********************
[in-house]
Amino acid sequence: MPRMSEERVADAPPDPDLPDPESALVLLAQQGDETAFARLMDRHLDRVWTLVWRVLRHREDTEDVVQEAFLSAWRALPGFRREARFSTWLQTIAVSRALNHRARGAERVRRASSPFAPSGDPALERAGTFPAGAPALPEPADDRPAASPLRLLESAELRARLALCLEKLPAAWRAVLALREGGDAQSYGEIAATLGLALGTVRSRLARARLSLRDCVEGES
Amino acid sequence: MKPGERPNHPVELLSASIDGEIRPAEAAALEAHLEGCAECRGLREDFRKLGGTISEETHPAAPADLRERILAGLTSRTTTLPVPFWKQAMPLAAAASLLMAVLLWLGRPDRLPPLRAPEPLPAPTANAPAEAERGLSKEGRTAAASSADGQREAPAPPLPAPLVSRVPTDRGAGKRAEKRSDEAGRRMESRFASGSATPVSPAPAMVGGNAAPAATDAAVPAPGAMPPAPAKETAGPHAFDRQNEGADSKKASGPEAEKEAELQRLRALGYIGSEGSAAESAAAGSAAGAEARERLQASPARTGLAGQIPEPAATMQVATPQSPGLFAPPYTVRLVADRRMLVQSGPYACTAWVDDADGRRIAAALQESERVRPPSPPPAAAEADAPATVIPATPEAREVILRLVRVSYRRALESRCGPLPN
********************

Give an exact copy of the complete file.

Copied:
[in-house]
Amino acid sequence: MPRMSEERVADAPPDPDLPDPESALVLLAQQGDETAFARLMDRHLDRVWTLVWRVLRHREDTEDVVQEAFLSAWRALPGFRREARFSTWLQTIAVSRALNHRARGAERVRRASSPFAPSGDPALERAGTFPAGAPALPEPADDRPAASPLRLLESAELRARLALCLEKLPAAWRAVLALREGGDAQSYGEIAATLGLALGTVRSRLARARLSLRDCVEGES
Amino acid sequence: MKPGERPNHPVELLSASIDGEIRPAEAAALEAHLEGCAECRGLREDFRKLGGTISEETHPAAPADLRERILAGLTSRTTTLPVPFWKQAMPLAAAASLLMAVLLWLGRPDRLPPLRAPEPLPAPTANAPAEAERGLSKEGRTAAASSADGQREAPAPPLPAPLVSRVPTDRGAGKRAEKRSDEAGRRMESRFASGSATPVSPAPAMVGGNAAPAATDAAVPAPGAMPPAPAKETAGPHAFDRQNEGADSKKASGPEAEKEAELQRLRALGYIGSEGSAAESAAAGSAAGAEARERLQASPARTGLAGQIPEPAATMQVATPQSPGLFAPPYTVRLVADRRMLVQSGPYACTAWVDDADGRRIAAALQESERVRPPSPPPAAAEADAPATVIPATPEAREVILRLVRVSYRRALESRCGPLPN